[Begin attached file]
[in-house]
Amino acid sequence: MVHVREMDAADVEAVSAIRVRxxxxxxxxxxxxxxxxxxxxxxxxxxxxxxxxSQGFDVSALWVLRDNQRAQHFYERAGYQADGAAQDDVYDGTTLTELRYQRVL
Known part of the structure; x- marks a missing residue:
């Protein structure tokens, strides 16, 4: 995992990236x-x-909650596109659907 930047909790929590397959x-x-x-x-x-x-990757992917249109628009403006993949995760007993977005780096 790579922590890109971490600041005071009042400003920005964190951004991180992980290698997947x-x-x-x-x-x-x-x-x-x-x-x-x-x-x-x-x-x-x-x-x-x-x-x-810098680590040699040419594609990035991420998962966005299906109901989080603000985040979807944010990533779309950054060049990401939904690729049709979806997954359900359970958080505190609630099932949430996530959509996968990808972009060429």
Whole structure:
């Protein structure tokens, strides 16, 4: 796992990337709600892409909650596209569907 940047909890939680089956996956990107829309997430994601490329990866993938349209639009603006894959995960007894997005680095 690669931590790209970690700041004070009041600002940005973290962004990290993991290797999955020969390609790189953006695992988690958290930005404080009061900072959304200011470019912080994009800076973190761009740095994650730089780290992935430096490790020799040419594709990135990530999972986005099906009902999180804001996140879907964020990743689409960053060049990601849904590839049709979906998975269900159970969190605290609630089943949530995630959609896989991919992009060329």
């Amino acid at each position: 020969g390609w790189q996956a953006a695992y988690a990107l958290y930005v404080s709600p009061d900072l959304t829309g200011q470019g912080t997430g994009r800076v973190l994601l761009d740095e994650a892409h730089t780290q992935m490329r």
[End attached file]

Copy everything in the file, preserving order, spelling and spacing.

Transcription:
[in-house]
Amino acid sequence: MVHVREMDAADVEAVSAIRVRxxxxxxxxxxxxxxxxxxxxxxxxxxxxxxxxSQGFDVSALWVLRDNQRAQHFYERAGYQADGAAQDDVYDGTTLTELRYQRVL
Known part of the structure; x- marks a missing residue:
């Protein structure tokens, strides 16, 4: 995992990236x-x-909650596109659907 930047909790929590397959x-x-x-x-x-x-990757992917249109628009403006993949995760007993977005780096 790579922590890109971490600041005071009042400003920005964190951004991180992980290698997947x-x-x-x-x-x-x-x-x-x-x-x-x-x-x-x-x-x-x-x-x-x-x-x-810098680590040699040419594609990035991420998962966005299906109901989080603000985040979807944010990533779309950054060049990401939904690729049709979806997954359900359970958080505190609630099932949430996530959509996968990808972009060429």
Whole structure:
């Protein structure tokens, strides 16, 4: 796992990337709600892409909650596209569907 940047909890939680089956996956990107829309997430994601490329990866993938349209639009603006894959995960007894997005680095 690669931590790209970690700041004070009041600002940005973290962004990290993991290797999955020969390609790189953006695992988690958290930005404080009061900072959304200011470019912080994009800076973190761009740095994650730089780290992935430096490790020799040419594709990135990530999972986005099906009902999180804001996140879907964020990743689409960053060049990601849904590839049709979906998975269900159970969190605290609630089943949530995630959609896989991919992009060329």
């Amino acid at each position: 020969g390609w790189q996956a953006a695992y988690a990107l958290y930005v404080s709600p009061d900072l959304t829309g200011q470019g912080t997430g994009r800076v973190l994601l761009d740095e994650a892409h730089t780290q992935m490329r």